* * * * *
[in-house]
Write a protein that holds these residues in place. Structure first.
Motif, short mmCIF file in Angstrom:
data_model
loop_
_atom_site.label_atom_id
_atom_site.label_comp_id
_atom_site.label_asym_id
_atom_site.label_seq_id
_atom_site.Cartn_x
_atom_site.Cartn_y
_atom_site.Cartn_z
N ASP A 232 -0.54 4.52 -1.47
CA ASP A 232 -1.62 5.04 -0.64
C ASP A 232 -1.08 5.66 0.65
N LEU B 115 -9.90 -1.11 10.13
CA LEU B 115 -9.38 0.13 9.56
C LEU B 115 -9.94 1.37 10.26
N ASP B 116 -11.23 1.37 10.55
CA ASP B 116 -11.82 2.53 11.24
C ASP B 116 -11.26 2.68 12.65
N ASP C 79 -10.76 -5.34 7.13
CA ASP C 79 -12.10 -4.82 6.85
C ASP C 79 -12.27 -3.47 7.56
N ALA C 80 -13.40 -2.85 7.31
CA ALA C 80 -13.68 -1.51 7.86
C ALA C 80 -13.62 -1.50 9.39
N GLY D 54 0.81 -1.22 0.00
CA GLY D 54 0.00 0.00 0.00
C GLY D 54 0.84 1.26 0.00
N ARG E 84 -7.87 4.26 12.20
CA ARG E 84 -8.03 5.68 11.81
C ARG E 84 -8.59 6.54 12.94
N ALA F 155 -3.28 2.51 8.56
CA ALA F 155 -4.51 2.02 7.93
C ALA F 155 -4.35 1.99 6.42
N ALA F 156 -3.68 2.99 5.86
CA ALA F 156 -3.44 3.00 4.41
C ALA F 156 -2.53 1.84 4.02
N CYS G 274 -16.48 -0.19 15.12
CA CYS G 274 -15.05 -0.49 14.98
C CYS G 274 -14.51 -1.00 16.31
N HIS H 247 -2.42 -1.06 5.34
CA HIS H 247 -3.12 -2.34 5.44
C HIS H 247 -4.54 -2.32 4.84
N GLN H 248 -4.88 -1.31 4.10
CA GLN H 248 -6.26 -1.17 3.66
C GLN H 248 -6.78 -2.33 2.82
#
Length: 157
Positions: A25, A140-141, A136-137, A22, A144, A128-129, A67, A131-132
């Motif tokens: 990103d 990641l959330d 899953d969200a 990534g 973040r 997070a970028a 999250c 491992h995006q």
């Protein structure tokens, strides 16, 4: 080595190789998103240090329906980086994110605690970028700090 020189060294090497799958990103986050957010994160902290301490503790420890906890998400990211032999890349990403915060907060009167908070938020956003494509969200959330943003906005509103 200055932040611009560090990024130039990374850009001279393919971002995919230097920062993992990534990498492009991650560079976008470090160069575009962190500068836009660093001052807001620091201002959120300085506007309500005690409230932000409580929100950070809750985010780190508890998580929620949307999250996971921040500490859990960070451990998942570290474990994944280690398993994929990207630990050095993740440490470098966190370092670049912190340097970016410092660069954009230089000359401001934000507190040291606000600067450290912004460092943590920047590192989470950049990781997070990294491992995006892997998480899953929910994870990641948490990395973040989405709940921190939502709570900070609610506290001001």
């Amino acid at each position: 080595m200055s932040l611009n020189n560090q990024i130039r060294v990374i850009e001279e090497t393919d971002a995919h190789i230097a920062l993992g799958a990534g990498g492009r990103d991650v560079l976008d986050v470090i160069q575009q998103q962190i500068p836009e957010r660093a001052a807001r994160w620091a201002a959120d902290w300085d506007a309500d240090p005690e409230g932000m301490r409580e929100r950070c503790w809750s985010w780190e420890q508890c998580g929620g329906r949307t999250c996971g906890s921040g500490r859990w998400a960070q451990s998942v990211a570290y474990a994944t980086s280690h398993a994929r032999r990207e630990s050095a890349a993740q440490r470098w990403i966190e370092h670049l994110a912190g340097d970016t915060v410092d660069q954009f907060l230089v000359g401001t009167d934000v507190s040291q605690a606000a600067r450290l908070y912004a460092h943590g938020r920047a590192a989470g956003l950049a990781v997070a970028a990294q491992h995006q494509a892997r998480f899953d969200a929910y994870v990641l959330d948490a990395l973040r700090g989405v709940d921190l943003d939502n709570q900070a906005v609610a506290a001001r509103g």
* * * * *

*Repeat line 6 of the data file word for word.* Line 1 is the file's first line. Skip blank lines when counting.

_atom_site.label_atom_id